Assume Nothing: A Story of Intimate Violence

Harper. Feb. 2021. 272p. ISBN 9780063059900. $28.99. SOC SCI
With its epigraph from Terry Tempest Williams’s When Women Were Birds and chapter titles that invoke the fairy tale tropes her story dismantles, Assume Nothing is raw, gut-wrenching, and honest in its exposure of how—and why—women find themelves trapped in the stories that comprised their childhoods, with particular attention to the shame that comes from believing that they should have known better. Selvaratnam has written this for other women, in an effort to amplify the voices of people who lack the visibility she gained in the aftermath of going public about experiencing abuse by former New York State Attorney General Eric Schneiderman. She writes with tremendous personal vulnerability, yet never loses sight of the broader policies and data surrounding domestic violence, which lends her work strength as a memoir and as a polemic. By taking Schneiderman’s own language and using it as a framework for exploring the complexity of domestic violence, Selvaratnam has successfully undermined the damaging rhetoric designed to prevent women from recognizing themselves as experiencing abuse, especially in situations where there is an imbalance of power.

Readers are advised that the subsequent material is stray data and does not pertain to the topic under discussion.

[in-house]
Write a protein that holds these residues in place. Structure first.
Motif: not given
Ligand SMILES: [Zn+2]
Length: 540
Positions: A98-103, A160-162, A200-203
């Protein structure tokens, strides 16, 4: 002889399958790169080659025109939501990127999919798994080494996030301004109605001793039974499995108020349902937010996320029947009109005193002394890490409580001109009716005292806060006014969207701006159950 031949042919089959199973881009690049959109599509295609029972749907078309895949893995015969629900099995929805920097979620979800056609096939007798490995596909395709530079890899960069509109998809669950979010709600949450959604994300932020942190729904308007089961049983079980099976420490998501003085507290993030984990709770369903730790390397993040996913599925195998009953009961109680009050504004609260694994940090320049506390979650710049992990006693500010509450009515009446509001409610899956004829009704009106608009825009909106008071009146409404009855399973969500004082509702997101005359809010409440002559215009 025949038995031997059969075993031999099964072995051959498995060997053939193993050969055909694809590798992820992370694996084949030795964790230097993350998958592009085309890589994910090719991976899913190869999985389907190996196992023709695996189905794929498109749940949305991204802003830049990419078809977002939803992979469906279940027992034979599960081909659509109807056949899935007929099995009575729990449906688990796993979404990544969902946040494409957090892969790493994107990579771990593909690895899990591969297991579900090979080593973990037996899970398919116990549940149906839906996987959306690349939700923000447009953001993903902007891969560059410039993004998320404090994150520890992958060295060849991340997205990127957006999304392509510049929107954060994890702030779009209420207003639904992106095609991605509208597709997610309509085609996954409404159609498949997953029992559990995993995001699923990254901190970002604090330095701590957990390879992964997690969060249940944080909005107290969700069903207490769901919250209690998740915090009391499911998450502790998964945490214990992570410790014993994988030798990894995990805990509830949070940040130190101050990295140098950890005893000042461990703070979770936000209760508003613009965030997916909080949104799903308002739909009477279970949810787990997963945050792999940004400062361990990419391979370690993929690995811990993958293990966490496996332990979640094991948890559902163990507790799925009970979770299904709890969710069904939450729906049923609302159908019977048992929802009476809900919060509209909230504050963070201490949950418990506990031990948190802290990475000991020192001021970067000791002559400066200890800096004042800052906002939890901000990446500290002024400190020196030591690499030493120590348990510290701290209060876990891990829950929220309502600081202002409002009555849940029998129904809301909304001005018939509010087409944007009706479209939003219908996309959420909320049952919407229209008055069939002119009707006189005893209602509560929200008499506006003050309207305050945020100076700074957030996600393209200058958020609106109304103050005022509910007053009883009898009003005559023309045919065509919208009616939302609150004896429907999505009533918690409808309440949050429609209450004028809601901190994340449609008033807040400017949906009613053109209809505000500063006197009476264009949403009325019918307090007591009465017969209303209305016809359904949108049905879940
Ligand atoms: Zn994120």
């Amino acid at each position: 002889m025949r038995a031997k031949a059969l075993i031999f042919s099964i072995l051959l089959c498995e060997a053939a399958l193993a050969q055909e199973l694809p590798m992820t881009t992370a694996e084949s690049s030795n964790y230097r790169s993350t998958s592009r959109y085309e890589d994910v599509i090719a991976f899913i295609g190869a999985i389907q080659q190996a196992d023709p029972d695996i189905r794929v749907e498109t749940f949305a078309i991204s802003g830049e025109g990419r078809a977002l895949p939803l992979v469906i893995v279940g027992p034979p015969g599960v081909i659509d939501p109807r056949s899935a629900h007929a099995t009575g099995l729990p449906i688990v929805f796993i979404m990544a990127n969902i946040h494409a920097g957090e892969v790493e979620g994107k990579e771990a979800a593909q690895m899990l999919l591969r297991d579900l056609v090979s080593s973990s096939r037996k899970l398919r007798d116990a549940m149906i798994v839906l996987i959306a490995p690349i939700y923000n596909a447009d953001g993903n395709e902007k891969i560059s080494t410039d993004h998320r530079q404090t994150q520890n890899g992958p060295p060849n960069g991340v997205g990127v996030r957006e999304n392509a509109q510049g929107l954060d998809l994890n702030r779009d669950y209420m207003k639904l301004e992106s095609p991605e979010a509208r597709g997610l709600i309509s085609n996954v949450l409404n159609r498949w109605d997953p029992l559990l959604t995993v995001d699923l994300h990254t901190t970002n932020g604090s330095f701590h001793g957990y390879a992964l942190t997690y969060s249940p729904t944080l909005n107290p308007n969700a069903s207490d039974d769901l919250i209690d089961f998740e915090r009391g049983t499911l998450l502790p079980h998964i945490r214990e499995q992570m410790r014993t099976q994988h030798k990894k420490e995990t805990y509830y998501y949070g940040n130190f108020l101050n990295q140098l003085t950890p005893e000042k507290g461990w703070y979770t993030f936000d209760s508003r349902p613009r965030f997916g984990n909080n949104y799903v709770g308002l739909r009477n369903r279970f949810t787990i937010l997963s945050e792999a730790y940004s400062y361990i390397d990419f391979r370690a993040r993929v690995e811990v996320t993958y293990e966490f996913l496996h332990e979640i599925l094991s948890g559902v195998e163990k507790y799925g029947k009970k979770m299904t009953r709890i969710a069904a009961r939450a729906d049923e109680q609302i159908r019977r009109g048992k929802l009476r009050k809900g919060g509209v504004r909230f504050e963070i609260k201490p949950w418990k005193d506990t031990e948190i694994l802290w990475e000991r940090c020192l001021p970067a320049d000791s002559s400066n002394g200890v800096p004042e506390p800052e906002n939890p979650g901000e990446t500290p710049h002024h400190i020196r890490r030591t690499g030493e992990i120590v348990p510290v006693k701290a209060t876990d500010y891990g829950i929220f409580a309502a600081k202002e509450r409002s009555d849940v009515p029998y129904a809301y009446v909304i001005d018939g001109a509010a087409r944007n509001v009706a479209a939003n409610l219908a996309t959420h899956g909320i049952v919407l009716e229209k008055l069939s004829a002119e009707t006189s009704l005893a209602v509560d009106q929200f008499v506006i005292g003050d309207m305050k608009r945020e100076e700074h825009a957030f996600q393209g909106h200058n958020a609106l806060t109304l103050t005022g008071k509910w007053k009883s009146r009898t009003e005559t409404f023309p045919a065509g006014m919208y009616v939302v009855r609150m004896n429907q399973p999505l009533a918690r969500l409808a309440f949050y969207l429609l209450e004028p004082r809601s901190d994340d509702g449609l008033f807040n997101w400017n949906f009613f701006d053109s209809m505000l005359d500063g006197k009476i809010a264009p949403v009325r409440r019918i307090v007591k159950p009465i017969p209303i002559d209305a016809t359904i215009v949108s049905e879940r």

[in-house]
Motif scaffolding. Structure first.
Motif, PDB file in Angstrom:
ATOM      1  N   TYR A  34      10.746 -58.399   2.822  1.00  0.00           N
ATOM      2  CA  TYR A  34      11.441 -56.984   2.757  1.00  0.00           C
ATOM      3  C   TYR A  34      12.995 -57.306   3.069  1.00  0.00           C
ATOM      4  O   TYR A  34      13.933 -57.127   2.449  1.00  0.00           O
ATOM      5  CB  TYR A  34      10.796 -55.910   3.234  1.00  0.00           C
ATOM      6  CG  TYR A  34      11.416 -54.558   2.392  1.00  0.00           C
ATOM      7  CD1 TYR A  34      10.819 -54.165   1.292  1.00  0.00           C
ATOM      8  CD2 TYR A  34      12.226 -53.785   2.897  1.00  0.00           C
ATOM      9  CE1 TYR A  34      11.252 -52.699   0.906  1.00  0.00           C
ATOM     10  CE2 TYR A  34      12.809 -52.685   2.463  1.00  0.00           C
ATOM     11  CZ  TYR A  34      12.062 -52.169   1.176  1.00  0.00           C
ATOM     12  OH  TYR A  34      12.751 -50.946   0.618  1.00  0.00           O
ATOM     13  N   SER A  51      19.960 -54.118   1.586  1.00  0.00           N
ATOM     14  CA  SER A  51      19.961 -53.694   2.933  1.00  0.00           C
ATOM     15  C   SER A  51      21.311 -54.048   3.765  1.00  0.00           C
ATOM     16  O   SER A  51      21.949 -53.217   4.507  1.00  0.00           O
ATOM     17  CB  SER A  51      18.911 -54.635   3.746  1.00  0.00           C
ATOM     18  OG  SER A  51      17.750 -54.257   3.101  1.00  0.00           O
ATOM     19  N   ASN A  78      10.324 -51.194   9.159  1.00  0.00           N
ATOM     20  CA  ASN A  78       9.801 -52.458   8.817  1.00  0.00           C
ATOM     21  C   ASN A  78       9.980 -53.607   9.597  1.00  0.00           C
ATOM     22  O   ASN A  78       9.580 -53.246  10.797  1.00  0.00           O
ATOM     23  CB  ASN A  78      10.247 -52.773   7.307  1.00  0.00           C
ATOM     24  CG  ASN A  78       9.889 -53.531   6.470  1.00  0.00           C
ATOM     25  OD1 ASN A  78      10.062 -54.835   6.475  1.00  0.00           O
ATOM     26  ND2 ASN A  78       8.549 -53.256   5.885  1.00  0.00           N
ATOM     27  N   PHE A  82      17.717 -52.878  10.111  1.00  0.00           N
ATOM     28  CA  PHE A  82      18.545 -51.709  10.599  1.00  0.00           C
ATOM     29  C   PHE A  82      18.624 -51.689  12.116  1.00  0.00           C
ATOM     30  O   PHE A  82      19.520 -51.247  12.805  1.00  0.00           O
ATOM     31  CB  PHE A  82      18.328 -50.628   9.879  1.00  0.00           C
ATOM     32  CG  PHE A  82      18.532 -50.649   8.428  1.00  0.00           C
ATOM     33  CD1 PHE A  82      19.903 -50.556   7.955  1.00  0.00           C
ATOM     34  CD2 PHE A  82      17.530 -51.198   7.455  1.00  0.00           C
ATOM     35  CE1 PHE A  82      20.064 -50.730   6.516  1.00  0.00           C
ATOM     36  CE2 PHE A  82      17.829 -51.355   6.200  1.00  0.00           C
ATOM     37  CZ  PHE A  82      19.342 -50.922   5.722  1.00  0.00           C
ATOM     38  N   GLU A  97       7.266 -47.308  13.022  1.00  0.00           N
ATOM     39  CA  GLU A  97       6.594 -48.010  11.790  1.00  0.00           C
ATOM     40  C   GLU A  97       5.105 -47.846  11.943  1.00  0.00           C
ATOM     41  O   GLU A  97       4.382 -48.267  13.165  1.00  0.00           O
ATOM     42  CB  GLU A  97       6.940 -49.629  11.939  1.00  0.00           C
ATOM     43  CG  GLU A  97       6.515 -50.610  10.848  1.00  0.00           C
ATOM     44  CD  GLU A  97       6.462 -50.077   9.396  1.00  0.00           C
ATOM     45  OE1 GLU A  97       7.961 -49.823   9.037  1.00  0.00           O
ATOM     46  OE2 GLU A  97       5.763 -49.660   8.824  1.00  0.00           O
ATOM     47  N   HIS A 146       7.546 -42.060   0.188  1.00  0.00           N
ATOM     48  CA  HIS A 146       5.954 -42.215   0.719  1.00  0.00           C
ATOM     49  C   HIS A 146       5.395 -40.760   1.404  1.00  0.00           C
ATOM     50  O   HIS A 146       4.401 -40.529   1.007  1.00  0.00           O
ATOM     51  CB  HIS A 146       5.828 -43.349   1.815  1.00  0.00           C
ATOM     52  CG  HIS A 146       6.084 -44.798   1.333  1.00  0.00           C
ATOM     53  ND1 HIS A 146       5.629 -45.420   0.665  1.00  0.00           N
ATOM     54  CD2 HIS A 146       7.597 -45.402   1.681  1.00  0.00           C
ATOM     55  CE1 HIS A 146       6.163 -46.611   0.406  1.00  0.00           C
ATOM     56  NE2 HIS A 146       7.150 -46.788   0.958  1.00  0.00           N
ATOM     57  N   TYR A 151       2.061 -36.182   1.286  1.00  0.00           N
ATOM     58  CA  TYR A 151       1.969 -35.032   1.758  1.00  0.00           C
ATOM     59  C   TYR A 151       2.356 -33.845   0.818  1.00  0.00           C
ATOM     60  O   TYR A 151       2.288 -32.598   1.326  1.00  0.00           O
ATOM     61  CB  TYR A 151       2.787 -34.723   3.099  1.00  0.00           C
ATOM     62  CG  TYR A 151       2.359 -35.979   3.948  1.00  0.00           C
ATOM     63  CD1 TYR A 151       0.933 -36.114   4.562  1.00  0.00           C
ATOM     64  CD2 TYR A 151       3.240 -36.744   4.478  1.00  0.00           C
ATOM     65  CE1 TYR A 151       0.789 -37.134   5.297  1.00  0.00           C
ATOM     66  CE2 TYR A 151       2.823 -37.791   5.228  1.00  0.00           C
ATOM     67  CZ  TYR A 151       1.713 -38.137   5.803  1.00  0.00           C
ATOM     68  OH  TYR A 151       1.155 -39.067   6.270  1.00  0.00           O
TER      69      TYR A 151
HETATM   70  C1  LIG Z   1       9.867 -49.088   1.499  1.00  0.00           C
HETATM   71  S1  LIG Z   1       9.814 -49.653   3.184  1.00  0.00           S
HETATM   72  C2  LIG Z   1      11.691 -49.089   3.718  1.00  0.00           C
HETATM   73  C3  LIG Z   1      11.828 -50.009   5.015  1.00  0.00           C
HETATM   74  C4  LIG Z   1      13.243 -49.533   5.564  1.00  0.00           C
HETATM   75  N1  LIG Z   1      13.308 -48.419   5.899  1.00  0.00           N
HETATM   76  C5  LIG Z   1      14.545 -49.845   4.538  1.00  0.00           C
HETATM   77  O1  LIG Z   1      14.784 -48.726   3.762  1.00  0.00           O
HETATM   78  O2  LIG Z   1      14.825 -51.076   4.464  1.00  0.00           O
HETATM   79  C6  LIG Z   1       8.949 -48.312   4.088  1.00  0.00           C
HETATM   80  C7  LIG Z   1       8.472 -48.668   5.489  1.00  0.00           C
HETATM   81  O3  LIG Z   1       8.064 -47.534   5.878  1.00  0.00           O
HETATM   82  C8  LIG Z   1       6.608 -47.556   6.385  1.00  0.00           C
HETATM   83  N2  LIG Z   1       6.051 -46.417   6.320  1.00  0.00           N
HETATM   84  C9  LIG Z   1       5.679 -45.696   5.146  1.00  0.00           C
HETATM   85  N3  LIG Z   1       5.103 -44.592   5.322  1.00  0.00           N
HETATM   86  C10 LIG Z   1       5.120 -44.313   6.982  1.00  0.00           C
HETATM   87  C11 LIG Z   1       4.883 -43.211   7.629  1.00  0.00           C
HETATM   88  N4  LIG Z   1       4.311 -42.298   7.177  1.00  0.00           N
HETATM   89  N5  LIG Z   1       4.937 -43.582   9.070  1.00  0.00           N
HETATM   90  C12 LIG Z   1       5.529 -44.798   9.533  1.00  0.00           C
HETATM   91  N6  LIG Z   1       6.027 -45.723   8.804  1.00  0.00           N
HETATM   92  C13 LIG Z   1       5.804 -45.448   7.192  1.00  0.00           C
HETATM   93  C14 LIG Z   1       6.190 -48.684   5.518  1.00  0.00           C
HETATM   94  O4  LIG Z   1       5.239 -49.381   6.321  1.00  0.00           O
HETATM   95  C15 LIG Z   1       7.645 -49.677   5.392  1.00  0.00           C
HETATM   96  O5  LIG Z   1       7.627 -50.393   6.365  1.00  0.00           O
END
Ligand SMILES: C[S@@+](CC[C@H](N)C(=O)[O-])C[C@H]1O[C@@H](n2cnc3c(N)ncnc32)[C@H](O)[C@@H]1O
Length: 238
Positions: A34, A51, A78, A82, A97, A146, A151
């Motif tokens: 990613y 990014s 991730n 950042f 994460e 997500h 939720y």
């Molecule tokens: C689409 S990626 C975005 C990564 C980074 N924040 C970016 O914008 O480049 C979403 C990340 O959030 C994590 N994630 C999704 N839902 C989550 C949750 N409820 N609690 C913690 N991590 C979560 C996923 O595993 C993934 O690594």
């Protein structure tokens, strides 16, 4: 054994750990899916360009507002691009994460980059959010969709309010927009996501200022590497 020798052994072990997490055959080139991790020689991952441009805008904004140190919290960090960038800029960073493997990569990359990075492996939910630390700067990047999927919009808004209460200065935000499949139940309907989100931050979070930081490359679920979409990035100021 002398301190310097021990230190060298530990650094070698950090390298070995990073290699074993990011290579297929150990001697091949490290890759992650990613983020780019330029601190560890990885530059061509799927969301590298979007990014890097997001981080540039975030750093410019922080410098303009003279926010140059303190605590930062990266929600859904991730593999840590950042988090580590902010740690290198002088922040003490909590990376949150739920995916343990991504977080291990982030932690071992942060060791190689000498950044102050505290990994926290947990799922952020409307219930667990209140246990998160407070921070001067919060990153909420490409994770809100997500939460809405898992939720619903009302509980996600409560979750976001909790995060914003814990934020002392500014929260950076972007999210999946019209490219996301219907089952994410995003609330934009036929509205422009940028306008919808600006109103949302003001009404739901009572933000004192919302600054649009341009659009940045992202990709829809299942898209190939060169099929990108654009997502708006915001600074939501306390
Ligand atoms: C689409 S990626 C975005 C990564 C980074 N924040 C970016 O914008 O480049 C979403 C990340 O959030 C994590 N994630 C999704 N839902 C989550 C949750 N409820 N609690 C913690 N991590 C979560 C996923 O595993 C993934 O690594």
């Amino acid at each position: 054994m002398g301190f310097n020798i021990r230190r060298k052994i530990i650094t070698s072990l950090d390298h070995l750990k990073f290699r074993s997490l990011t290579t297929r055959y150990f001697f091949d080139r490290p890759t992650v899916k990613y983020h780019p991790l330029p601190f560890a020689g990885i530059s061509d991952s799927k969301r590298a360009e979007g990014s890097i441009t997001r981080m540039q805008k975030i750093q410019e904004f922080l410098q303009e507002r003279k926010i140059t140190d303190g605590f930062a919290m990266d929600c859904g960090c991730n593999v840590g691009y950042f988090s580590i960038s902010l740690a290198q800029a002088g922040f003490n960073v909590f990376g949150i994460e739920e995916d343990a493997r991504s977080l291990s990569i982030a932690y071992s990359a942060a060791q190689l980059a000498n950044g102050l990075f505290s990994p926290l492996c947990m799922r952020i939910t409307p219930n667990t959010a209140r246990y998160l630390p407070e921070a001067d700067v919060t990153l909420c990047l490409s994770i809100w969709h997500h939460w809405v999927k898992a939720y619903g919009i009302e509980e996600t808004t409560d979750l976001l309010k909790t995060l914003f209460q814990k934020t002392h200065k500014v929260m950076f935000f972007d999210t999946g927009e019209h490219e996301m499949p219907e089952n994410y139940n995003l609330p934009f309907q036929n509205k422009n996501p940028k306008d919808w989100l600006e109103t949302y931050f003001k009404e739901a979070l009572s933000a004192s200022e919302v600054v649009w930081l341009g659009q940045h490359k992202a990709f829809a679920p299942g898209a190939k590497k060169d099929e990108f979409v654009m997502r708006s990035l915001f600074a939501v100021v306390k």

VERDICT A searing, yet sensitive account of vulnerability and redemption that will find a wide audience.
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